Development of land use transitions research in China

Hualou Long, Yi Qu, Shuangshuang Tu, Yingnan Zhang, Yanfeng Jiang

Research output: Journal PublicationArticlepeer-review

54 Citations (Scopus)

Abstract

With the introduction of the concept of land use transition into China, related researches have been carried out extensively in the past two decades, which enrich the knowledge of land system science. This paper describes the development of research on land use transitions in China from the perspectives of conceptual connotations, theoretical model, research methods, and research progress and prospects. With the in-depth investigation of land use transitions, the concept and connotations of land use morphology are developed and encapsulated as two kinds, i.e., dominant morphology and recessive morphology. The dominant morphology refers to the land use structure of a certain region over a certain period of time, with features such as the quantity and spatial pattern of land use types. While the recessive morphology includes the land use features in the aspects of quality, property rights, management mode, input, output and function. Accordingly, the concept of land use transition is further developed, and the theoretical model of regional land use transitions is established. Thereafter, three innovative integrated approaches to study land use transitions are put forward, i.e., multidisciplinary research framework for recessive land use transition, transect and horizontal comparison. To date, there have been 62 Ph.D. and 166 M.S. dissertations on the topic of “land use transition” in China. During 2002–2019, the National Natural Science Foundation of China has funded 48 research programs on the theme of “land use transition”. As such, the Chinese scholars have adapted the concept derived from western literature to the situations and experiences in China.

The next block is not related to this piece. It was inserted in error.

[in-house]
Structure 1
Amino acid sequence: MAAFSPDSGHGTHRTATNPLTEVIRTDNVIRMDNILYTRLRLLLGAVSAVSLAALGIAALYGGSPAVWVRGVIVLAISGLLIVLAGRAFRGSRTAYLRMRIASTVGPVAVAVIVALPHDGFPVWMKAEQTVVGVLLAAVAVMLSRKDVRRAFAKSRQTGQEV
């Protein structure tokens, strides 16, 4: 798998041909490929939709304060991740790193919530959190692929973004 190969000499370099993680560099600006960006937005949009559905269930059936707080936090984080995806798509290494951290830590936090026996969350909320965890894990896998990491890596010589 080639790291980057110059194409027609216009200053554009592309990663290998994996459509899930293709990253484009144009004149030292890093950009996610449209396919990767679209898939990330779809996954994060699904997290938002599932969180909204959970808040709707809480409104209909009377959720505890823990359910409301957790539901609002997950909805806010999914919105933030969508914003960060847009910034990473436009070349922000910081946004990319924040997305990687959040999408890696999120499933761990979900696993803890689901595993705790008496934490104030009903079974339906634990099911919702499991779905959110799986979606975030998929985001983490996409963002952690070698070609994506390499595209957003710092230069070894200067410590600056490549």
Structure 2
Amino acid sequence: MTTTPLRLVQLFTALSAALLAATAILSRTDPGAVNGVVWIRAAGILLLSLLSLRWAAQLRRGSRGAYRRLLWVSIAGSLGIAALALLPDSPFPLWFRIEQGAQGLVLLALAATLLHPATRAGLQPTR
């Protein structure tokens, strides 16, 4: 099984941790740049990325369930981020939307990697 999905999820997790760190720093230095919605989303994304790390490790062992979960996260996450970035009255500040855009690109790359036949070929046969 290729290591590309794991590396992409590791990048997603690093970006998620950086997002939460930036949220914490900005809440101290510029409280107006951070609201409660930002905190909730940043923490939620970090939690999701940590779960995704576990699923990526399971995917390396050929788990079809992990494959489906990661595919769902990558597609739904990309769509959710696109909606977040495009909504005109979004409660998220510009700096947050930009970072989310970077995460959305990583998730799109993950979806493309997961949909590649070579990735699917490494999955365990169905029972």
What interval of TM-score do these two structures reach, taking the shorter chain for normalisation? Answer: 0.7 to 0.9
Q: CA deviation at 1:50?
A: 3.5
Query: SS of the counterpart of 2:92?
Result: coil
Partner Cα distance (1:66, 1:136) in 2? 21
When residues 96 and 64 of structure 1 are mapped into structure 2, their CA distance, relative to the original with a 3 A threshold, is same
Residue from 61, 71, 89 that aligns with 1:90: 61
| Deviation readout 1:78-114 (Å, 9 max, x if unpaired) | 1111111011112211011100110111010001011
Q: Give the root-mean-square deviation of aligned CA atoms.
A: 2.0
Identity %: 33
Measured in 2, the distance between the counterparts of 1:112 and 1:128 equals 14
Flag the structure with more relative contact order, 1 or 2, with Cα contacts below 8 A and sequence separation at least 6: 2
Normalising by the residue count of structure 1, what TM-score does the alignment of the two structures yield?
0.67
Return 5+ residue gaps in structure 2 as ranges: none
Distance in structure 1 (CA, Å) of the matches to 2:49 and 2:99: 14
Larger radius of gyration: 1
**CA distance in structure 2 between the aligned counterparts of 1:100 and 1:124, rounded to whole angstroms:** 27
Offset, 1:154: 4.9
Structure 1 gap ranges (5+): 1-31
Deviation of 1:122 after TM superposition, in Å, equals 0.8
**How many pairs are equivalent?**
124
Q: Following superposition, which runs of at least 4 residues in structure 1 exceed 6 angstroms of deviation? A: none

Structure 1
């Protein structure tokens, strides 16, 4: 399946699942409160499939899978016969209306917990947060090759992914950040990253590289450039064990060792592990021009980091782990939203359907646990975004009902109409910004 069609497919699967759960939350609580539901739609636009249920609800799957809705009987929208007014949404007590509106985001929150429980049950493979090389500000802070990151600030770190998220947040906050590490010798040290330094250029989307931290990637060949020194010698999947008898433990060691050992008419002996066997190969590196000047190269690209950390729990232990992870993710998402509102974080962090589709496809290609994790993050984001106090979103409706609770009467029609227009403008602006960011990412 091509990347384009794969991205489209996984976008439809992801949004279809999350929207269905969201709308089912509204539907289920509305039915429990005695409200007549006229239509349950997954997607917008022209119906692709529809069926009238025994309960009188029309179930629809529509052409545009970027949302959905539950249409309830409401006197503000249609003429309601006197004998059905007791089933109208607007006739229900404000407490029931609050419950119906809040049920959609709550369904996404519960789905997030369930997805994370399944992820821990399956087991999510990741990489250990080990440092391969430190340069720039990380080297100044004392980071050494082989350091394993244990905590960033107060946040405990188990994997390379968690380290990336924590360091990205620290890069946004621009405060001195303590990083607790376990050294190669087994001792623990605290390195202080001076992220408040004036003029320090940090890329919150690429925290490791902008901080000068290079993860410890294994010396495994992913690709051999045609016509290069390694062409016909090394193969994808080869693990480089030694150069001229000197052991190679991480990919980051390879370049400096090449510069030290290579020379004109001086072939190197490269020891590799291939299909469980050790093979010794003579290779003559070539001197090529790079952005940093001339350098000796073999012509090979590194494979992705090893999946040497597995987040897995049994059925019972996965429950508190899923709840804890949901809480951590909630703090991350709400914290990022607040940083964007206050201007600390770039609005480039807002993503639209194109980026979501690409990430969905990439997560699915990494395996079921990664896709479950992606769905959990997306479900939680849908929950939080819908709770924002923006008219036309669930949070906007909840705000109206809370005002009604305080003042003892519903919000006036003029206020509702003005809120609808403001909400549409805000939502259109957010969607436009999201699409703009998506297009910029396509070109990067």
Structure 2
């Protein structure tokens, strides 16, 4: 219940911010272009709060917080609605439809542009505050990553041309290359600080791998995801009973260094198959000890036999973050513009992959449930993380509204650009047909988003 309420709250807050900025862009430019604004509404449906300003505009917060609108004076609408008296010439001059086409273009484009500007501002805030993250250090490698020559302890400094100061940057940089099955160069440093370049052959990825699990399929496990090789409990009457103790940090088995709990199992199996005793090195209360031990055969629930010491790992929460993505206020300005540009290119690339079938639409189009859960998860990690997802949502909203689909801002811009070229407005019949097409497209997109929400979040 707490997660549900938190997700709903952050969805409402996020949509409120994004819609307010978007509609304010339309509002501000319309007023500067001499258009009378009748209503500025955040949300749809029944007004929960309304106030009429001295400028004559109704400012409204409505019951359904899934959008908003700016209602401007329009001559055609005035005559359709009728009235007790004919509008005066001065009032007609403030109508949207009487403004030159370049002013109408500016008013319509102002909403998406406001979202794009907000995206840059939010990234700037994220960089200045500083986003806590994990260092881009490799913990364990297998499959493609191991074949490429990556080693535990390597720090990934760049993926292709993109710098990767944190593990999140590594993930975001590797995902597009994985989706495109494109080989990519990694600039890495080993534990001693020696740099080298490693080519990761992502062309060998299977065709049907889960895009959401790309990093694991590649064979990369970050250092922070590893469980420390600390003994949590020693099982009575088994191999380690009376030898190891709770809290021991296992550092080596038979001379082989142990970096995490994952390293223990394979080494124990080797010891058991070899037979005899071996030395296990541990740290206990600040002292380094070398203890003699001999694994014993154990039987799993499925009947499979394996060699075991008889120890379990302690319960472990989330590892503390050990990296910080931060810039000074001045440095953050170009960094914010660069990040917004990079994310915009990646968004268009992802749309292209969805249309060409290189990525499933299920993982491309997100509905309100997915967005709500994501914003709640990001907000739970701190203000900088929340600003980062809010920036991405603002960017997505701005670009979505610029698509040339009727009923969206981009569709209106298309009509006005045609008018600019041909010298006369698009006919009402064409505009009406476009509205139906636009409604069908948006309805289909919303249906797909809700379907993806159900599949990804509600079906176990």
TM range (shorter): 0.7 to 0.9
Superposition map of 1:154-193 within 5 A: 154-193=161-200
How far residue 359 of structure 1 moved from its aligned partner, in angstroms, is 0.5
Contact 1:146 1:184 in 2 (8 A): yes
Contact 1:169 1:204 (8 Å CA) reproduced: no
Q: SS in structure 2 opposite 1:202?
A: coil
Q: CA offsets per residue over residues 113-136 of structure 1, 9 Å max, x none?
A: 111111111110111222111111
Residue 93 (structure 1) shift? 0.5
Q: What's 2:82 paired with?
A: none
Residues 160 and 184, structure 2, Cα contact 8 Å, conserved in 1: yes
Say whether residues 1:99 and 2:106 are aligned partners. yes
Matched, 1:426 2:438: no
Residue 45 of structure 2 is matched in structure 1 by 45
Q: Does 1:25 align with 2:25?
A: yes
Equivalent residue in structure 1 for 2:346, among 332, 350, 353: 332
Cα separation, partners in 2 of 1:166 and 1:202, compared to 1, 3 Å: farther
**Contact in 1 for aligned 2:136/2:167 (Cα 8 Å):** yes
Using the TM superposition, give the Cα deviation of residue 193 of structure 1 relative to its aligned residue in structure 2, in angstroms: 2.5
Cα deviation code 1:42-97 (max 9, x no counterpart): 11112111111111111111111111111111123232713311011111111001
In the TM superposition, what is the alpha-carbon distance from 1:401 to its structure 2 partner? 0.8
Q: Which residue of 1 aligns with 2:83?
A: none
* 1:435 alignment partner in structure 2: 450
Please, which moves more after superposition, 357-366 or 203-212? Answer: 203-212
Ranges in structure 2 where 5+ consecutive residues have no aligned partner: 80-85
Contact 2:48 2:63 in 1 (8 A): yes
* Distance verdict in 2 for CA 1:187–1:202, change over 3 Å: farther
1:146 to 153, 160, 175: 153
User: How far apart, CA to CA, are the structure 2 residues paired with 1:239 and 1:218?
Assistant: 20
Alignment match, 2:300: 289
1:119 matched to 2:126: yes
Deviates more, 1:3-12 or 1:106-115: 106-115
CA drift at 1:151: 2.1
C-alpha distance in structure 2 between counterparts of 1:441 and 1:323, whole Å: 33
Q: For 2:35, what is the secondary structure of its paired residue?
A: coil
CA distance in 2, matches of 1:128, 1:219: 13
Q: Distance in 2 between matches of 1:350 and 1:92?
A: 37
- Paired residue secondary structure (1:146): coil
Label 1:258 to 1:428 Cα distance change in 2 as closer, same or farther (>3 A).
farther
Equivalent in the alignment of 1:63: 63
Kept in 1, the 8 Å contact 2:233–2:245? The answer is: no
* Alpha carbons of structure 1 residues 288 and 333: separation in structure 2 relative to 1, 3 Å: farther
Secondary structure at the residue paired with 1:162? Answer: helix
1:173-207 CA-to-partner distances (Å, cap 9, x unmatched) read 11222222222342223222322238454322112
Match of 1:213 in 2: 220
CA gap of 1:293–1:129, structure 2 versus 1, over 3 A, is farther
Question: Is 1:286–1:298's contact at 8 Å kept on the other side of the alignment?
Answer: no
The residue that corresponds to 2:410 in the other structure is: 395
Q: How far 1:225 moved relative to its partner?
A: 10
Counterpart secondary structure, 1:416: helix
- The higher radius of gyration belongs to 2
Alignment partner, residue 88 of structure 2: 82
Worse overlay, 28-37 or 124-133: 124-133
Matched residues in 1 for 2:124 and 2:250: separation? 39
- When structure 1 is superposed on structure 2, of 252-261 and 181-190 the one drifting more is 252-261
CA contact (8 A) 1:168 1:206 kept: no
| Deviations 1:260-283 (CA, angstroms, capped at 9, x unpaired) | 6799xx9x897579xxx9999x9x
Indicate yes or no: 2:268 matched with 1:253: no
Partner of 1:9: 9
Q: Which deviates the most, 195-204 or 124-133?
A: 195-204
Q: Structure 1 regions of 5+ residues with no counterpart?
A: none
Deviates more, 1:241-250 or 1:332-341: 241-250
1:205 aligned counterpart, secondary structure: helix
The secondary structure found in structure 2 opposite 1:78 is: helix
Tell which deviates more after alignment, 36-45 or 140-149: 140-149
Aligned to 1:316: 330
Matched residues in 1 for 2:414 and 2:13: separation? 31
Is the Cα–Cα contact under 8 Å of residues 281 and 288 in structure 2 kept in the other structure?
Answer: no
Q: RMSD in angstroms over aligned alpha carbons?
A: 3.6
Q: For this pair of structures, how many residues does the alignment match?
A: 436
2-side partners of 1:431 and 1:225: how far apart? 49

Original languageEnglish
Pages (from-to)1195-1214
JournalJournal of Geographical Sciences
Volume30
Issue number7
Publication statusPublished - 20 Aug 2020

Keywords

  • land use morphology
  • theoretical model
  • multidisciplinary integration
  • horizontal comparison
  • rural restructuring
  • rural vitalization
  • land system science

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